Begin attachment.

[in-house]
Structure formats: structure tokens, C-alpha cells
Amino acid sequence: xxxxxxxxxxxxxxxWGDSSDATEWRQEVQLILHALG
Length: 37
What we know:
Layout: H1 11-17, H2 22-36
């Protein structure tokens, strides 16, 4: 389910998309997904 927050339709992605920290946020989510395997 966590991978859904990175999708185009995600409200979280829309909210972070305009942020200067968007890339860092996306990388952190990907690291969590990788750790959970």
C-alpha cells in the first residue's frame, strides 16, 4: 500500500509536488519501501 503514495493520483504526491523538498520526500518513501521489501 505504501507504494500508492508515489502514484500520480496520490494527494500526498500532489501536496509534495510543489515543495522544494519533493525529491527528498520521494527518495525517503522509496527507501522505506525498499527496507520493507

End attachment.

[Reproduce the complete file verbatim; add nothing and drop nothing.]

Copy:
[in-house]
Structure formats: structure tokens, C-alpha cells
Amino acid sequence: xxxxxxxxxxxxxxxWGDSSDATEWRQEVQLILHALG
Length: 37
What we know:
Layout: H1 11-17, H2 22-36
């Protein structure tokens, strides 16, 4: 389910998309997904 927050339709992605920290946020989510395997 966590991978859904990175999708185009995600409200979280829309909210972070305009942020200067968007890339860092996306990388952190990907690291969590990788750790959970």
C-alpha cells in the first residue's frame, strides 16, 4: 500500500509536488519501501 503514495493520483504526491523538498520526500518513501521489501 505504501507504494500508492508515489502514484500520480496520490494527494500526498500532489501536496509534495510543489515543495522544494519533493525529491527528498520521494527518495525517503522509496527507501522505506525498499527496507520493507